But the red woman was still chanting, faster now, and I could see her chest rising and falling as rapidly as my own. The shriek hadn’t come from her, it came from above…
I lazily let my head fall back on my shoulders to look up, and the ceiling was nothing. Just black. A black that reflected no light from any angle and betrayed no forms. It seemed endless. Until a cluster of thin tendrils, also black, began to drip straight down out of the nothingness, directly over the table. The tendrils resembled long, wet hair, and were followed shortly by the dome of a head. Then one long, clawed humanoid hand, attached to an impossibly long skeletal arm. Another clawed hand, another broom handle arm…
And another arm, and another. Soon, a crude torso started to emerge from the inky blackness for all those terrible arms to branch out from. The entire monstrous form seemed to be dripping slowly from the ceiling. Dripping like black candle wax…
I felt ready to pass out from terror, but still I could not bring my arms or legs to cooperate. I could only watch as the black figure’s domed head floated down ever closer, and began to take on a more defined shape. A giant gaping hole caved in to form a mouth. The neck must have stretched to two feet long. I can remember no sound other than what seemed like white noise, drowning out the red woman’s frantic chanting.
Finally, the black creature halted its descent, its head perhaps three feet above the table, hair grazing the wax surface. It slowly began to rotate, its gaping maw and eyeless face scanning the circle of hypnotized human beings around it.
Time jumped again, and suddenly the creature had two of its skeletal arms extending straight out. The clawed hands were wrapped around the heads of two of the seated strangers as they jerked and twitched, their hands feebly clawing at nothing in front of them. The black monster seemed to be vibrating in a vague blur. After a moment, it removed one hand from the face of the stranger, revealing the total white of eyeballs rolled completely back, and a mouth that was now nothing but a red circle, blood pouring down the chin. The creature immediately latched that arm onto another face, then a third arm to yet another.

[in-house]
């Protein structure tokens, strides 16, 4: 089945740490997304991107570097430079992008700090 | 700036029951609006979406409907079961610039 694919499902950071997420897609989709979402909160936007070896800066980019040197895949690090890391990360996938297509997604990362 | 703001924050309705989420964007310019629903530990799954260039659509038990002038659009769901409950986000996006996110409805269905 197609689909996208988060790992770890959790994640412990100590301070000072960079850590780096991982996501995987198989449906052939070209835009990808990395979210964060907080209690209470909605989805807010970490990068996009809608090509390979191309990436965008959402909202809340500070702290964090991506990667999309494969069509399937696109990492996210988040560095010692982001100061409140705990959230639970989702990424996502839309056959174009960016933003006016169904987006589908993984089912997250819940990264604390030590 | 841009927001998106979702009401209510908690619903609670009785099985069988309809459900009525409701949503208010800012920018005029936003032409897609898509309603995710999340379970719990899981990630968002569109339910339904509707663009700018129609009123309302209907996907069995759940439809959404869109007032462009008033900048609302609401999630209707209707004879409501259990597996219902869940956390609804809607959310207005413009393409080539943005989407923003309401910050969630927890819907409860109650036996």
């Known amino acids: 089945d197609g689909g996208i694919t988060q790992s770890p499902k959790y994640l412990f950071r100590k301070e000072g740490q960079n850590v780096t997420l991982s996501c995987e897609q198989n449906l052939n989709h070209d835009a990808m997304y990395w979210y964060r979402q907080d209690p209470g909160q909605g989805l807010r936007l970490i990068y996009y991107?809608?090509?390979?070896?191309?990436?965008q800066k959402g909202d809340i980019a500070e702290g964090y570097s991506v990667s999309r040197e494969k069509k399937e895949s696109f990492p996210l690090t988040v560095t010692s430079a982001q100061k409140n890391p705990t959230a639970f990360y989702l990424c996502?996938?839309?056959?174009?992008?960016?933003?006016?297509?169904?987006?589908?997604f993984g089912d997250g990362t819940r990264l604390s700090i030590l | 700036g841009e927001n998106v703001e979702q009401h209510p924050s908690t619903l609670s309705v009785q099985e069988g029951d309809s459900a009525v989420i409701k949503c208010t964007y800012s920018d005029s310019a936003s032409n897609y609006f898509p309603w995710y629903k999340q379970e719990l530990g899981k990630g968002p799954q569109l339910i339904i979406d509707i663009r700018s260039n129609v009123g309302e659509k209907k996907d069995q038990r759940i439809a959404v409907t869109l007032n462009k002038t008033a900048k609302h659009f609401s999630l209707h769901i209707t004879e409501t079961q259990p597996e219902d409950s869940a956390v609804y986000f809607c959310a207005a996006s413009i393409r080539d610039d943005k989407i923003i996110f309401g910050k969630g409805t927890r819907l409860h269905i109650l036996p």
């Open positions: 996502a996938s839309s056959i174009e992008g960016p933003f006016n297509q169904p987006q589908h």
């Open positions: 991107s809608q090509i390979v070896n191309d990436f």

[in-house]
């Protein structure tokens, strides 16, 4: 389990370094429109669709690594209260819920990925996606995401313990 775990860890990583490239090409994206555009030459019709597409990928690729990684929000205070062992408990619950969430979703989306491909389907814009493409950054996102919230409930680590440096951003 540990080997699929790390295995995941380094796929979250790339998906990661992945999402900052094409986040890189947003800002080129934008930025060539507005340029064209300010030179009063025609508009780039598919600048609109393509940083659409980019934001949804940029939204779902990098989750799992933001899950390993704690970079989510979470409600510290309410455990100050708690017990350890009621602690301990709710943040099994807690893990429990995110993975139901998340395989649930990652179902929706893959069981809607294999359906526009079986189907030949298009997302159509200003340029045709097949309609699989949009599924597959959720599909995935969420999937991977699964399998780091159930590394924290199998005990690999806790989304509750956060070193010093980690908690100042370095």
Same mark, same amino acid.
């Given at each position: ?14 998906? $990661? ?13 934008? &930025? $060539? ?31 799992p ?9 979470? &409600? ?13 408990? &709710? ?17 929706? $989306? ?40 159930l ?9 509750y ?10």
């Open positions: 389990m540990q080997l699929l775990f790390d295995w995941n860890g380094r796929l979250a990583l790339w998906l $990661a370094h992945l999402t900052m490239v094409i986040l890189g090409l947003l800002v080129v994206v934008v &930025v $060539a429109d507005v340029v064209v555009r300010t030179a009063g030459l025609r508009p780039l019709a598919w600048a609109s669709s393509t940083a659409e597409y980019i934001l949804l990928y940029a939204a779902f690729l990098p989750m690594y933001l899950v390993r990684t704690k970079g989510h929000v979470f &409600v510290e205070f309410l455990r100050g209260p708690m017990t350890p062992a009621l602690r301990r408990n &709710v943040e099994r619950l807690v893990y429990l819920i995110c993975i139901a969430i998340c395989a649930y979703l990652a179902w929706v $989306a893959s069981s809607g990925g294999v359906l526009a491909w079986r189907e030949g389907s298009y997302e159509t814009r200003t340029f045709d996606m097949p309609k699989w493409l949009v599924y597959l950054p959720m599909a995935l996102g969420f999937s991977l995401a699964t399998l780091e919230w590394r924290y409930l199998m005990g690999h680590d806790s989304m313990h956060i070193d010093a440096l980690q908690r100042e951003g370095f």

Although nothing was really clear for me at this time, I did know that I was going to die. I was frozen in place, unable to even blink as I witnessed an incomprehensible horror consume every living soul in this house. It was all I could think: “I’m going to die. I’m going to die. I’m going to die.”
Then I noticed my knees were trembling… My hands, which before the last time hop rested still on my thighs, were tightly gripping the edge of the waxen table. I could move! Like a veil being lifted, the shapes in the room started to lock back into a sensible configuration. The white noise started to fade out and I could again hear the red woman’s chanting seeping in.
The creature detached from one person and launched a hand onto another anonymous face. The person sitting directly to my right. It was rotating in my direction. Over the static noise I could hear gurgling and sucking, the black sinewy arm pulsing and vibrating.
Suddenly, reality seemed to be returning to me in waves. My head darted from side to side, looking at the creature, then its hollowed-out victims, then the red woman, then my friends…
My friends! They were still in a daze. And I could see the terror on their faces. All three of them, eyes bugged out, heaving chests, but still sitting obediently. I could feel strength flowing back into my limbs. My hands released the table. My legs started to shift out from under me. Before I knew what I was even doing, I was on my feet, scrambling to shake my friends out of their terrible trance. “JAS-! TIM! BRE-!” I could barely get the names out.
Miraculously, this seemed to break the spell for them. All three fell back, their legs kicking away, trying to put distance between themselves and the creature. The red woman stopped her chanting and shot a look of combined shock, terror, and rage right at us.
The black monster noticed. Its vibration ceased and it twisted its head and torso around to look at us, three arms still jutting out from dead faces. It let out a shriek more shrill and devastating than the one it entered our world with. The noise seemed to cut directly through us. Every one of its terrible clawed hands dropped their task and lunged in our direction in a tangle.
The next few moments are still a blur for me to this day. I only remember sprinting to the front door. It had looked like one of the monster’s hands had reached Jason’s face, but I couldn’t be sure. I couldn’t think at all, only run. The shrill, multitudinous screech followed me as I raced through the front door, down the driveway, and into the street. At least two people were running along with me. I didn’t even turn my head to see who it was. We ran faster and longer than we ever had, or likely would. Every muscle including my heart seared with pain, and I ran still.